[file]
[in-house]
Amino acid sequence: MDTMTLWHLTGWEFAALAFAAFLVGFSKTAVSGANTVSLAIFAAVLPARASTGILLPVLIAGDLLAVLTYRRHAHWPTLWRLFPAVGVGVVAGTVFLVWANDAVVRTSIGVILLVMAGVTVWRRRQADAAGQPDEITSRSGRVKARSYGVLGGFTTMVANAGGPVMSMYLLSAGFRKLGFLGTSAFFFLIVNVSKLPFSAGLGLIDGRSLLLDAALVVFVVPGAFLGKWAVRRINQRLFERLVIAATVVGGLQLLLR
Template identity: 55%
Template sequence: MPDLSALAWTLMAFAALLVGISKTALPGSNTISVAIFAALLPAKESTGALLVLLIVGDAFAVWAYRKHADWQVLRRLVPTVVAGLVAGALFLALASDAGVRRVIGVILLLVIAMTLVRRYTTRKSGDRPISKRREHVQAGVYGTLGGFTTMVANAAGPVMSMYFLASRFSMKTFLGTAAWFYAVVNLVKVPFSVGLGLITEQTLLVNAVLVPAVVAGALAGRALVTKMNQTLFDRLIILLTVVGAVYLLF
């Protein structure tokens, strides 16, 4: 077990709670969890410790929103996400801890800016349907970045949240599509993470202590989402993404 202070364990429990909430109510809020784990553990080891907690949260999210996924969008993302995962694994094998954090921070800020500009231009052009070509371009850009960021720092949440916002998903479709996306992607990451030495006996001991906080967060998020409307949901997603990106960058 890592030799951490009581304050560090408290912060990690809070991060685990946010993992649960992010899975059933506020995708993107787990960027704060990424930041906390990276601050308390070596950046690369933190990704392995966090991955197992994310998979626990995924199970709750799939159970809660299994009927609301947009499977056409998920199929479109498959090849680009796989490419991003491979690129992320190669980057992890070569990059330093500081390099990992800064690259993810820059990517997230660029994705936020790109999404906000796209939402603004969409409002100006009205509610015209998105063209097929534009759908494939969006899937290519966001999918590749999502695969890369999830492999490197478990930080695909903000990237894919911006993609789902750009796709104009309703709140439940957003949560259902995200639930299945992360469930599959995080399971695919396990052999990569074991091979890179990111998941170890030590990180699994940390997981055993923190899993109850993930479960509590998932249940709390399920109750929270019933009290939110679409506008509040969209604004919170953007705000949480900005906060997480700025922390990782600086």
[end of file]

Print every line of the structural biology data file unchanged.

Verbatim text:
[in-house]
Amino acid sequence: MDTMTLWHLTGWEFAALAFAAFLVGFSKTAVSGANTVSLAIFAAVLPARASTGILLPVLIAGDLLAVLTYRRHAHWPTLWRLFPAVGVGVVAGTVFLVWANDAVVRTSIGVILLVMAGVTVWRRRQADAAGQPDEITSRSGRVKARSYGVLGGFTTMVANAGGPVMSMYLLSAGFRKLGFLGTSAFFFLIVNVSKLPFSAGLGLIDGRSLLLDAALVVFVVPGAFLGKWAVRRINQRLFERLVIAATVVGGLQLLLR
Template identity: 55%
Template sequence: MPDLSALAWTLMAFAALLVGISKTALPGSNTISVAIFAALLPAKESTGALLVLLIVGDAFAVWAYRKHADWQVLRRLVPTVVAGLVAGALFLALASDAGVRRVIGVILLLVIAMTLVRRYTTRKSGDRPISKRREHVQAGVYGTLGGFTTMVANAAGPVMSMYFLASRFSMKTFLGTAAWFYAVVNLVKVPFSVGLGLITEQTLLVNAVLVPAVVAGALAGRALVTKMNQTLFDRLIILLTVVGAVYLLF
């Protein structure tokens, strides 16, 4: 077990709670969890410790929103996400801890800016349907970045949240599509993470202590989402993404 202070364990429990909430109510809020784990553990080891907690949260999210996924969008993302995962694994094998954090921070800020500009231009052009070509371009850009960021720092949440916002998903479709996306992607990451030495006996001991906080967060998020409307949901997603990106960058 890592030799951490009581304050560090408290912060990690809070991060685990946010993992649960992010899975059933506020995708993107787990960027704060990424930041906390990276601050308390070596950046690369933190990704392995966090991955197992994310998979626990995924199970709750799939159970809660299994009927609301947009499977056409998920199929479109498959090849680009796989490419991003491979690129992320190669980057992890070569990059330093500081390099990992800064690259993810820059990517997230660029994705936020790109999404906000796209939402603004969409409002100006009205509610015209998105063209097929534009759908494939969006899937290519966001999918590749999502695969890369999830492999490197478990930080695909903000990237894919911006993609789902750009796709104009309703709140439940957003949560259902995200639930299945992360469930599959995080399971695919396990052999990569074991091979890179990111998941170890030590990180699994940390997981055993923190899993109850993930479960509590998932249940709390399920109750929270019933009290939110679409506008509040969209604004919170953007705000949480900005906060997480700025922390990782600086």